Great Ormond Street Hospital
|Great Ormond Street Hospital|
|Great Ormond Street Hospital for Children NHS Foundation Trust|
Part of Great Ormond Street Hospital
|Location||Bloomsbury, London, England, United Kingdom|
|Care system||National Health Service|
|Affiliated university||University College London|
|Emergency department||No Accident & Emergency|
|Lists||Hospitals in England|
Great Ormond Street Hospital (informally GOSH or Great Ormond Street, formerly the Hospital for Sick Children) is a children's hospital located in the Bloomsbury area of London, and a part of Great Ormond Street Hospital for Children NHS Foundation Trust.
Great Ormond Street Hospital is closely associated with University College London (UCL) and in partnership with the UCL Institute of Child Health, which it is located adjacent to, is the largest centre for research and postgraduate teaching in children’s health in Europe. It is part of both the Great Ormond Street Hospital/UCL Institute of Child Health Biomedical Research Centre and the UCL Partners academic health science centre.
Great Ormond Street Hospital is known internationally for receiving the rights from J. M. Barrie to his play Peter Pan, or the Boy Who Wouldn't Grow Up in 1929, which have provided significant funding for the institution.
|This section requires expansion. (July 2011)|
After a long campaign by Dr Charles West, the Hospital for Sick Children was founded on 14 February 1852 and was the first hospital providing in-patient beds specifically for children in England. Despite opening with just 10 beds, it grew into one of the world's leading children's hospital through the patronage of Queen Victoria, counting Charles Dickens, a personal friend of Dr West, the Chief Physician, as one of its first fundraisers. The Nurses League was formed in February 1937.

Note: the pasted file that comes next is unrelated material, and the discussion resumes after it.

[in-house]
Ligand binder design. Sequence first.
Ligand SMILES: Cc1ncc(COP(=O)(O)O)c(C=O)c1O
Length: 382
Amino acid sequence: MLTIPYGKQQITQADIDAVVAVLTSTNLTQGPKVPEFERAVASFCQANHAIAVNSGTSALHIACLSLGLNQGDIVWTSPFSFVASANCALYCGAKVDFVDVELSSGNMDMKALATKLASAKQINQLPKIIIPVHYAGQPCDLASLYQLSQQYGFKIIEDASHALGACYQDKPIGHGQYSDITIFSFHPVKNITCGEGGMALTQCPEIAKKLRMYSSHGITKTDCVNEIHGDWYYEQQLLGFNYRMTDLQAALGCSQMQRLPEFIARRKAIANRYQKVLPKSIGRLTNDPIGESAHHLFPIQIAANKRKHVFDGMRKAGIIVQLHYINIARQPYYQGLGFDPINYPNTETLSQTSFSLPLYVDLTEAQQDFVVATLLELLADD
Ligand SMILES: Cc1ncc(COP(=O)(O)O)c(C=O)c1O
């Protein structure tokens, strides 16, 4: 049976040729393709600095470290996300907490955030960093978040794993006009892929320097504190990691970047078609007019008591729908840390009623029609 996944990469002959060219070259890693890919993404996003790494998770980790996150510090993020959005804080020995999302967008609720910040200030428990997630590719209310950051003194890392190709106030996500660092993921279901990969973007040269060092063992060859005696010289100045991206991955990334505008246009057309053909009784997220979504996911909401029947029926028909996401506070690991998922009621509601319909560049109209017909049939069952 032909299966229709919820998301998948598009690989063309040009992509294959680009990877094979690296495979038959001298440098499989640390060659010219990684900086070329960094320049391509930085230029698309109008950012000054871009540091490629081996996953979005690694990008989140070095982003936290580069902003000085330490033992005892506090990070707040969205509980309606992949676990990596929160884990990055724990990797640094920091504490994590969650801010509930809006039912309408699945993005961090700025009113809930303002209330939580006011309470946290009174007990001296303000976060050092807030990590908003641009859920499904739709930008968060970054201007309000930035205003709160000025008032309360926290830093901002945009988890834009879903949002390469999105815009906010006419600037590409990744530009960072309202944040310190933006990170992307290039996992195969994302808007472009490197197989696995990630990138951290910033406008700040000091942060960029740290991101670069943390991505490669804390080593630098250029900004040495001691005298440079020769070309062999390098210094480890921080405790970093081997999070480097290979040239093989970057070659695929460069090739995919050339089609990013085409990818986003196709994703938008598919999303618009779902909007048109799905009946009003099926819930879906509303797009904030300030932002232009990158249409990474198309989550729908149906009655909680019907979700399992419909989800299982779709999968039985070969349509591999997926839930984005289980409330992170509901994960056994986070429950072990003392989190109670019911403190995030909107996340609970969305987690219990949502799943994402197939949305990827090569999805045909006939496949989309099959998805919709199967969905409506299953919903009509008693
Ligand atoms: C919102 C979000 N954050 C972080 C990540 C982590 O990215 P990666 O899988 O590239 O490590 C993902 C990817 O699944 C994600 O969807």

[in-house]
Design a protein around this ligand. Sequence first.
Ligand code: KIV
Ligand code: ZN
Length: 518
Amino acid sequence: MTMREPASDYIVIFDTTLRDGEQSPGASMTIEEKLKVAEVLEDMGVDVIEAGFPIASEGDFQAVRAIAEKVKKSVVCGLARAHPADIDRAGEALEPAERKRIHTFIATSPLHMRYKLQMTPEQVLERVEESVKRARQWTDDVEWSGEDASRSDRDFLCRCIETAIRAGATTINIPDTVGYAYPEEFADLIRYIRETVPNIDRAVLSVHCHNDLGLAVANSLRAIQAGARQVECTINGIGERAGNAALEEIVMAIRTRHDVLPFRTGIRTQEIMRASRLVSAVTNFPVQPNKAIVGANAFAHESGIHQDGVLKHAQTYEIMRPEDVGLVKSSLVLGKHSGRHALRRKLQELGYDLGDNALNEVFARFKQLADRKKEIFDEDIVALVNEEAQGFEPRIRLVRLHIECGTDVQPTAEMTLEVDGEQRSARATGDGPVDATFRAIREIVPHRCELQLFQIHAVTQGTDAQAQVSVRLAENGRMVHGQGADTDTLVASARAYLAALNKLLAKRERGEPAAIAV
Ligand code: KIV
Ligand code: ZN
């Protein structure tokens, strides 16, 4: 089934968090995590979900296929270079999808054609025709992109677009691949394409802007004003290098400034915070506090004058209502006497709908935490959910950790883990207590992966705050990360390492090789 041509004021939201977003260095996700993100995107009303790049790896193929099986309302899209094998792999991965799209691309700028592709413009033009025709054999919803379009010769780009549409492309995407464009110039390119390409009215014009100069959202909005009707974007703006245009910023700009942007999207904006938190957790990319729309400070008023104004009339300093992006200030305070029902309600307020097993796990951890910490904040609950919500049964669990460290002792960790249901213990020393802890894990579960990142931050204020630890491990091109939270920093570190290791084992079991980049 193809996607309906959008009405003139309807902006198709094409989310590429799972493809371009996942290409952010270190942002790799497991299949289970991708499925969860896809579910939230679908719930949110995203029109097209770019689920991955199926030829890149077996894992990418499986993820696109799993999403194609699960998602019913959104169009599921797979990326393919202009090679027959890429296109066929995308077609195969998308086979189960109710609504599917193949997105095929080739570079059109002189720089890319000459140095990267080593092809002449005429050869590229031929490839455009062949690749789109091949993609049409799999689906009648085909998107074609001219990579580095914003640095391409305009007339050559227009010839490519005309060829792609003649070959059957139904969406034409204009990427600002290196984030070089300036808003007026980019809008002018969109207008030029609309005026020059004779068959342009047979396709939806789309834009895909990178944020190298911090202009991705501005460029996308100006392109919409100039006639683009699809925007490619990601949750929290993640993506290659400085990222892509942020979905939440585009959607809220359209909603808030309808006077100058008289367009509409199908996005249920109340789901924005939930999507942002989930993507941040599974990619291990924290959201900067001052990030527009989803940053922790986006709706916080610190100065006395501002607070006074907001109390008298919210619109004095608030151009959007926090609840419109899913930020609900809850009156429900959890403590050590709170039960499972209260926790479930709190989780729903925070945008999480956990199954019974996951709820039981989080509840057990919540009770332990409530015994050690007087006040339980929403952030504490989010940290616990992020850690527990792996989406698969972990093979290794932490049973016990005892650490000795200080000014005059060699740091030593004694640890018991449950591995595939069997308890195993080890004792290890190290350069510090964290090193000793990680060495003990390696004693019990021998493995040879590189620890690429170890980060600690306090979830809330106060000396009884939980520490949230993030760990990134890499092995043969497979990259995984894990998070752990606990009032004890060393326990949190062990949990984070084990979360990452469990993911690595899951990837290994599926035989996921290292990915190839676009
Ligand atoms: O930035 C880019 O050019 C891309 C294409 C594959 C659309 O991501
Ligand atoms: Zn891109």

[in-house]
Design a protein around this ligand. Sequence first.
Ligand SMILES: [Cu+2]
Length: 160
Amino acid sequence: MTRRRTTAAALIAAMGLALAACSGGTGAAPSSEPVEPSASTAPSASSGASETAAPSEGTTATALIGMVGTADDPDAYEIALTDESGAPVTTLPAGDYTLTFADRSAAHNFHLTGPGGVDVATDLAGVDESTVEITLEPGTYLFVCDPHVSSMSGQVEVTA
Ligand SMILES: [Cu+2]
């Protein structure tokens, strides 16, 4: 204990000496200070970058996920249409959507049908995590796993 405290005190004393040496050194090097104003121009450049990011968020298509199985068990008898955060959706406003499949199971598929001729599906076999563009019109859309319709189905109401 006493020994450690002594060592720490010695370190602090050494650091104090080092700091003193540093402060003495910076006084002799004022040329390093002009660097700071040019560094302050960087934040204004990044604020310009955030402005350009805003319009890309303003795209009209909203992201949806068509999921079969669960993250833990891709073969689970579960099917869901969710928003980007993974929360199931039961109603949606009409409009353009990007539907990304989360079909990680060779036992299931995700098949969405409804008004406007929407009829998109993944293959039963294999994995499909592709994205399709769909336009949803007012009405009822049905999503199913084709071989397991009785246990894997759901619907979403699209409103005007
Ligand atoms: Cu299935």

Audrey Callaghan, wife of James Callaghan (prime minister of the United Kingdom from 1976 to 1979), served the hospital as Chairman of the Board of Governors from 1968 to 1972 and then as Chairman of the Special Trustees from 1983 until her final retirement in 1990.
Diana, Princess of Wales, served as president of the Hospital from 1989 until her death. A plaque at the entrance of the hospital commemorates her services, as well as a bust in the lobby of the hospital chapel.
In 2002 Great Ormond Street Hospital commenced a redevelopment programme which is budgeted at £343 million and the next phase of which is scheduled to be complete by the end of 2016. The redevelopment is needed to expand capacity, deliver treatment in a more comfortable and modern way, and to reduce unnecessary inpatient admissions.
Great Ormond Street Hospital became a foundation trust on 1 March 2012.
In April 2012, BBC One London broadcast a documentary called "Great Ormond Street Hospital", presented by Tim Donovan, which explained how the hospital is facing accusations that it is downgrading child protection work and "victimising" staff who raise concerns. The hospital posted a detailed response stating that "the allegations in this programme are not correct and the programme does not provide a balanced position".
In July 2012, Great Ormond Street Hospital was featured in the opening ceremony of the London Summer Olympics.